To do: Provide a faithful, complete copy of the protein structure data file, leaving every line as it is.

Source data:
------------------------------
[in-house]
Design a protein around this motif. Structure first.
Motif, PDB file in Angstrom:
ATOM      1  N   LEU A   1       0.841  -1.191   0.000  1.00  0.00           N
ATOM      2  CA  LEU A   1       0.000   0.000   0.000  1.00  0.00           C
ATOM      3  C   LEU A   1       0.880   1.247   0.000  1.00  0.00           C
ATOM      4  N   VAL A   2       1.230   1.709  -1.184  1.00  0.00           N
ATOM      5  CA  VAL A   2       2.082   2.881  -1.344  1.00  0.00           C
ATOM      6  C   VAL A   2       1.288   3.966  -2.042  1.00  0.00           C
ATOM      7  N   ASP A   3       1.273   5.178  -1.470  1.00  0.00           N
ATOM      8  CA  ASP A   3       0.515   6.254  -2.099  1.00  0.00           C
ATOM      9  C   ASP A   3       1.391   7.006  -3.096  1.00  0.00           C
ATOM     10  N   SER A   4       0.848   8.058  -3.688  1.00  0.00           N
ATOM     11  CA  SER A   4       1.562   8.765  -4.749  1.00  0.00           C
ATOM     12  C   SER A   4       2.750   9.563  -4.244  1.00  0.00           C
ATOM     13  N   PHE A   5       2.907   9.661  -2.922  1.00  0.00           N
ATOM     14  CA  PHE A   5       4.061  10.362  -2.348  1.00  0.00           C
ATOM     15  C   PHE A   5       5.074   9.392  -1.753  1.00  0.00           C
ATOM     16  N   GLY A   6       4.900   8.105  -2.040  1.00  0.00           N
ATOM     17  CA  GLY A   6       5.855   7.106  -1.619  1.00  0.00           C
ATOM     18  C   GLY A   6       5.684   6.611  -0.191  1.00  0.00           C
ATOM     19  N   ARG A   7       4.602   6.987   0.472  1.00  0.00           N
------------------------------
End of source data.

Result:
[in-house]
Design a protein around this motif. Structure first.
Motif, PDB file in Angstrom:
ATOM      1  N   LEU A   1       0.841  -1.191   0.000  1.00  0.00           N
ATOM      2  CA  LEU A   1       0.000   0.000   0.000  1.00  0.00           C
ATOM      3  C   LEU A   1       0.880   1.247   0.000  1.00  0.00           C
ATOM      4  N   VAL A   2       1.230   1.709  -1.184  1.00  0.00           N
ATOM      5  CA  VAL A   2       2.082   2.881  -1.344  1.00  0.00           C
ATOM      6  C   VAL A   2       1.288   3.966  -2.042  1.00  0.00           C
ATOM      7  N   ASP A   3       1.273   5.178  -1.470  1.00  0.00           N
ATOM      8  CA  ASP A   3       0.515   6.254  -2.099  1.00  0.00           C
ATOM      9  C   ASP A   3       1.391   7.006  -3.096  1.00  0.00           C
ATOM     10  N   SER A   4       0.848   8.058  -3.688  1.00  0.00           N
ATOM     11  CA  SER A   4       1.562   8.765  -4.749  1.00  0.00           C
ATOM     12  C   SER A   4       2.750   9.563  -4.244  1.00  0.00           C
ATOM     13  N   PHE A   5       2.907   9.661  -2.922  1.00  0.00           N
ATOM     14  CA  PHE A   5       4.061  10.362  -2.348  1.00  0.00           C
ATOM     15  C   PHE A   5       5.074   9.392  -1.753  1.00  0.00           C
ATOM     16  N   GLY A   6       4.900   8.105  -2.040  1.00  0.00           N
ATOM     17  CA  GLY A   6       5.855   7.106  -1.619  1.00  0.00           C
ATOM     18  C   GLY A   6       5.684   6.611  -0.191  1.00  0.00           C
ATOM     19  N   ARG A   7       4.602   6.987   0.472  1.00  0.00           N